Alan Clawley with a reminder that when the architects in John Madin’s office were working up plans for a new central library for Birmingham, they were also designing one for Redditch.
It’s not surprising therefore that the two buildings have quite a lot in common as well as some stark differences. Sheer size is one difference, but their treatment by their owners is another.
Arriving in Redditch’s Market Place after walking through the Kingfisher Shopping Centre is like stepping out of a space ship into an old Worcestershire town. It’s easy to forget when you’re standing there that Redditch became a New Town in 1964. The 1976 library sits on one side of the Square more or less surrounded by stalls. It’s built of dark brick and the floors are made of pre-cast coffered concrete units like Birmingham’s library. In true Madin style, the ceilings inside are the same as those outside and walls inside use the same bricks as on the outside. There’s the same internal flow of space between floors.
The coffered ceilings and the exposed brickwork so typically Madin came to be disliked by both sets of librarians because they made the interiors too dark. It is true that unless each coffer is individually up-lit, ambient light doesn’t penetrate their deep recesses. And, as every home decorator knows, dark brickwork doesn’t reflect the light.
Victorian libraries and even those built in 1970s were designed like sacred spaces in which precious books and manuscripts were looked after by librarians and protected from the destructive effect of daylight. Low light levels, few windows and the rule of silence resulted in public libraries being church-like The message they gave to the world was that only people bent on serious scholarship need enter their doors. Although this idea still prevailed in 1970s the Birmingham library only adopted it on the Reference Library – the inverted ziggurat with small high-level windows on the outside. The curving semi-detached block of the Lending Library in contrast has big windows and was easily accessible from Chamberlain Square.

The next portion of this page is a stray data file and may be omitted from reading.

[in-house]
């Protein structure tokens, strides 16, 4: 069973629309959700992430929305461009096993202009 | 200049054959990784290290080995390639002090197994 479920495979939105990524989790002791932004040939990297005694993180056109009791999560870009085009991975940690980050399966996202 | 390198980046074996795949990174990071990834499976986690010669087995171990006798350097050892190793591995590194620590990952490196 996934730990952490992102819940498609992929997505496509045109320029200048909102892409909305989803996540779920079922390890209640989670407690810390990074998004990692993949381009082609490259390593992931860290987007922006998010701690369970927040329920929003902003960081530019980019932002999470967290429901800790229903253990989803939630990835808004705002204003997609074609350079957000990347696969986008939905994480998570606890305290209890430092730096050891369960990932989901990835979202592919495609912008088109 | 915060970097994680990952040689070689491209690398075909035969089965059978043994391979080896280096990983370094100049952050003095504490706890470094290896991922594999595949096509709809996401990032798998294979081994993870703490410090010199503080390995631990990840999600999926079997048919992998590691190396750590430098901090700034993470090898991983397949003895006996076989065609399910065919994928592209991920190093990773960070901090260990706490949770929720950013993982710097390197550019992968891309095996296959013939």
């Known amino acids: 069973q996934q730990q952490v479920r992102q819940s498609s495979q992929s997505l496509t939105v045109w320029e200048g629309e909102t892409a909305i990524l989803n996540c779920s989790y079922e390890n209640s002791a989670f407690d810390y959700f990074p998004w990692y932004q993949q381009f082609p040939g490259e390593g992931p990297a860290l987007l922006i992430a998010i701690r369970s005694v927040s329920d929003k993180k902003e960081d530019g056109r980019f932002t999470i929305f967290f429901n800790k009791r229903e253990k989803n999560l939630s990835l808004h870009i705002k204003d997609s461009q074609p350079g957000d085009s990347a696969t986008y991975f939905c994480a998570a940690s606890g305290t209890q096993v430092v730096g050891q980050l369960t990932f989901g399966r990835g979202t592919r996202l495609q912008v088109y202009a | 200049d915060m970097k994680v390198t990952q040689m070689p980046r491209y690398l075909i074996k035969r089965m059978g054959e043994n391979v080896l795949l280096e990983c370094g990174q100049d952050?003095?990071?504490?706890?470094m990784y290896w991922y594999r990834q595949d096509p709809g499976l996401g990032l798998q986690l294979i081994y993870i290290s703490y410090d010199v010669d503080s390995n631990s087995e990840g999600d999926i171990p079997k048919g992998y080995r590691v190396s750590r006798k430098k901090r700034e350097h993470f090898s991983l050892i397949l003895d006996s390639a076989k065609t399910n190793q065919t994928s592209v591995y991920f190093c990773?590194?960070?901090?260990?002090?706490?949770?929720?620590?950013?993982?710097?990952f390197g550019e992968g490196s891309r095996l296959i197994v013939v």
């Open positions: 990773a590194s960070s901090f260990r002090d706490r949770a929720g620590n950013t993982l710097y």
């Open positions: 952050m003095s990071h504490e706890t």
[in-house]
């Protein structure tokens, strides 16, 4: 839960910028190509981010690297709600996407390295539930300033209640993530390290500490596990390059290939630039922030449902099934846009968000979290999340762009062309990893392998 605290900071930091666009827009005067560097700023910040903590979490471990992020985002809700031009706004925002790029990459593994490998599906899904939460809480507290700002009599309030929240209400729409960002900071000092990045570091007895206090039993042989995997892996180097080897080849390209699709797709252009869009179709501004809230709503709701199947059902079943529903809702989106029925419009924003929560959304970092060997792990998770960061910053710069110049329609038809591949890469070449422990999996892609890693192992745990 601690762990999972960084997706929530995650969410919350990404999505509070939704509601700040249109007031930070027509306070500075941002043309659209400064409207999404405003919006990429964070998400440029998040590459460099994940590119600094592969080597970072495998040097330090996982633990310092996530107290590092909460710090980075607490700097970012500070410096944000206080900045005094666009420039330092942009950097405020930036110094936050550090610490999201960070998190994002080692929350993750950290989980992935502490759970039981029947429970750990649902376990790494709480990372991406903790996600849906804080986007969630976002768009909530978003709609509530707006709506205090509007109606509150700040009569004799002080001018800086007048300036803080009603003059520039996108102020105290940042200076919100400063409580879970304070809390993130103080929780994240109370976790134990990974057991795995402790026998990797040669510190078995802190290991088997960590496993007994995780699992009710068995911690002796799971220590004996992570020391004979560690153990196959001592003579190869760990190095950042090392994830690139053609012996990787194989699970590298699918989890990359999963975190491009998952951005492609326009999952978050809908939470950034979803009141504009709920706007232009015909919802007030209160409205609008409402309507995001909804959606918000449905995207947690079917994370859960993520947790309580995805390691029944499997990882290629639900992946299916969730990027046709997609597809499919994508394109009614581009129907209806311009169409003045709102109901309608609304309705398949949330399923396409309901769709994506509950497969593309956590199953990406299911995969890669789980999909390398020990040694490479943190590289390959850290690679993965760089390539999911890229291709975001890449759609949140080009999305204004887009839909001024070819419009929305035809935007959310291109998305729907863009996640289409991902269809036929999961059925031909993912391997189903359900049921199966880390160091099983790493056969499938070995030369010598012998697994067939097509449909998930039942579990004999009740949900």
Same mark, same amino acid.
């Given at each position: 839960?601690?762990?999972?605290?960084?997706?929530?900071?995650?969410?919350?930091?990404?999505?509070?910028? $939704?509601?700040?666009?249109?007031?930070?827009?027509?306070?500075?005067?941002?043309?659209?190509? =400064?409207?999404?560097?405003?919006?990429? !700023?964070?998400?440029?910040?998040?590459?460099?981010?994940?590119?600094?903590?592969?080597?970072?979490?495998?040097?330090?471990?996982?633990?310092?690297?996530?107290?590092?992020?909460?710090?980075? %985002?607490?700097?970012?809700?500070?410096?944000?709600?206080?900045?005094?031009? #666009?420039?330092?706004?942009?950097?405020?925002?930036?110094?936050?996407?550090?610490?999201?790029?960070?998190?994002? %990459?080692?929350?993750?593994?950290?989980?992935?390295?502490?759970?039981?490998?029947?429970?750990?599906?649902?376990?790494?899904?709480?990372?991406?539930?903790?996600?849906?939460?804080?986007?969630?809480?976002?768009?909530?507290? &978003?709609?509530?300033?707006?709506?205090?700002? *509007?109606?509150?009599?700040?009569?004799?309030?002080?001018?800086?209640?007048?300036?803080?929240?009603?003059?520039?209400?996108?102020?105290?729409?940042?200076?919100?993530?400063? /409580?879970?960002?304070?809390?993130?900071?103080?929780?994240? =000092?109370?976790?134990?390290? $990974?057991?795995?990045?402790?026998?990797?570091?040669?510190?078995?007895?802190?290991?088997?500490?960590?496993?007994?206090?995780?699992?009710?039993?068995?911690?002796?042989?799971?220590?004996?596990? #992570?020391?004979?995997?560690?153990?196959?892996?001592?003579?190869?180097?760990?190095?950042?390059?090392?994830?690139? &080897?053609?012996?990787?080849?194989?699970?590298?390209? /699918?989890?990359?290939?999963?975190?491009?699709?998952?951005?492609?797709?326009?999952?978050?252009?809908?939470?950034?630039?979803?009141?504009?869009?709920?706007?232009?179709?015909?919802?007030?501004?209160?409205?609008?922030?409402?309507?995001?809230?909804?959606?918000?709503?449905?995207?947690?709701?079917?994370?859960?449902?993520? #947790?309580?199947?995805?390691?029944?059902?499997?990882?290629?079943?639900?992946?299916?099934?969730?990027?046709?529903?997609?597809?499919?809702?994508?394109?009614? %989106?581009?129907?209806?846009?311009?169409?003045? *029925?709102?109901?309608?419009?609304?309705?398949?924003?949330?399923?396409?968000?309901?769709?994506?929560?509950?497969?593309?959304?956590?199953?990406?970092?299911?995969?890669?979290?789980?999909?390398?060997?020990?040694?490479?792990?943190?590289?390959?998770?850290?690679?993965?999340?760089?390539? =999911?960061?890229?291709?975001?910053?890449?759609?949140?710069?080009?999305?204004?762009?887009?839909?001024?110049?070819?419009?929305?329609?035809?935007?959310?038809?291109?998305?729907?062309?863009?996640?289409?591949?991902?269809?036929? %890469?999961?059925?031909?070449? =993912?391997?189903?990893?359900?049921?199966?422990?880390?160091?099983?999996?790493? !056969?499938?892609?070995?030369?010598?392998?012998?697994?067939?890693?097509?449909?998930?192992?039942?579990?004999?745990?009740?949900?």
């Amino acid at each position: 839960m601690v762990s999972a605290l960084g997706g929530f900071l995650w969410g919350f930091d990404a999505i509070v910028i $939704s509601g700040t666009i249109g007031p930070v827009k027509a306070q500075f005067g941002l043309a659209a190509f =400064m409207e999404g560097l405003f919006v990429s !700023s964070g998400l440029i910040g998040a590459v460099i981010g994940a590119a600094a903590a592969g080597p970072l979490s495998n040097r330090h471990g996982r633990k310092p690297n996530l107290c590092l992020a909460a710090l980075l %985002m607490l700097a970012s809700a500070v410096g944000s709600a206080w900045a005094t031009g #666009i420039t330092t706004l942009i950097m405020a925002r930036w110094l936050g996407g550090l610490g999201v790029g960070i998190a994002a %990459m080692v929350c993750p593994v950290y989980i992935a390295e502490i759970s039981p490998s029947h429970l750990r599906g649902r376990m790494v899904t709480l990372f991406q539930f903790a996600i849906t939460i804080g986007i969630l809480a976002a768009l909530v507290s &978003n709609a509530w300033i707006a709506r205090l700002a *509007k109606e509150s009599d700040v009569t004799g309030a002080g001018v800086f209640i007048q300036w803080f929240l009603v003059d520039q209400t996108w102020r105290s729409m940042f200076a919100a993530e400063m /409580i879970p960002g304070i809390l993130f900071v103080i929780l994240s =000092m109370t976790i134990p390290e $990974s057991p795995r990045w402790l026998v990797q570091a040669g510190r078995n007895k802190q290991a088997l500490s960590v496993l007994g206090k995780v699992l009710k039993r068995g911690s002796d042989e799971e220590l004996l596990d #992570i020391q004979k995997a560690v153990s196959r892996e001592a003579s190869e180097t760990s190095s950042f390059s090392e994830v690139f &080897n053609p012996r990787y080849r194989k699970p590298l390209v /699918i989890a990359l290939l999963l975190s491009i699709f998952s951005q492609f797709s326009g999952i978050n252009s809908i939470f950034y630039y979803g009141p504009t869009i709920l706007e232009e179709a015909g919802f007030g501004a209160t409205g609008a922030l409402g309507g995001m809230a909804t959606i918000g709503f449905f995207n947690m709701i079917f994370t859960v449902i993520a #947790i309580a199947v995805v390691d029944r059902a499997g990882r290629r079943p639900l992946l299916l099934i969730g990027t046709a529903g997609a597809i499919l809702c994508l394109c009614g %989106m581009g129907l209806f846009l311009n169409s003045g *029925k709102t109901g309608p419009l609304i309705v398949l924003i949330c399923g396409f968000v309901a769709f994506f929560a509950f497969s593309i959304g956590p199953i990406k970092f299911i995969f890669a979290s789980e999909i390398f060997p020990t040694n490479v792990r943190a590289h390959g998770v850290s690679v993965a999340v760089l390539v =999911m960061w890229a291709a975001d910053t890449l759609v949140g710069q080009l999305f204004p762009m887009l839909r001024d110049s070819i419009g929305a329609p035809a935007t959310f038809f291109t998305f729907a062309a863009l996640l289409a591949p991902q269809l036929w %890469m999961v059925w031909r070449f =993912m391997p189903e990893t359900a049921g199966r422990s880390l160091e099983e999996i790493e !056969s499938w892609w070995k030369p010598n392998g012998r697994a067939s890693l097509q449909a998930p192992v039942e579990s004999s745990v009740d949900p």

It seems that some time after the Redditch and Birmingham libraries were designed professional librarians changed their attitude. They now wanted public libraries to look like they were completely open and accessible to everyone – the romantic paperback reader, the family historian, the internet surfer or the passing tourist. Letting in the light symbolised the new type of public library, one said to be fit for a new century.
In Birmingham this new attitude resulted in the ultimate rejection by librarians of Madin’s 1974 building and its replacement with Mecanoo’s 2013 version. ‘Transparency, ‘light’, and ‘views out’, were the recurring themes used to justify its £200 million cost. No serious efforts were made to find out whether Madin’s building could be modified to achieve the same results.
In Redditch the owners of the library decided to keep the building but to lighten up the interior. The coffered ceilings were panelled in. Some brick balustrades were replaced by glass. Glazed screens were installed around the atrium. Everywhere was painted white and illuminated by energy-efficient up-lighters.
Not all of this would have pleased John Madin, but he would probably have been grateful that his lovingly-designed building was flexible enough to be turned into a new-style library.
There are some critical underlying differences that may explain the different fates of Madin’s two libraries. Birmingham’s library was run by the City Council. As planning authority it could give itself planning permission for a new library and, as building owner, it could decide to demolish the library and have the cleared site commercially redeveloped.
Redditch Library is run by Worcestershire County Council from its headquarters in Worcester, but the planning authority is Redditch Borough Council so no single body can take all the decisions. Commercial pressure on the town centre is unlikely to be great, which is probably the real reason why the future of at least one Madin library looks secure for now. But it’s worth the short journey from Birmingham to Redditch to see how things might have been different.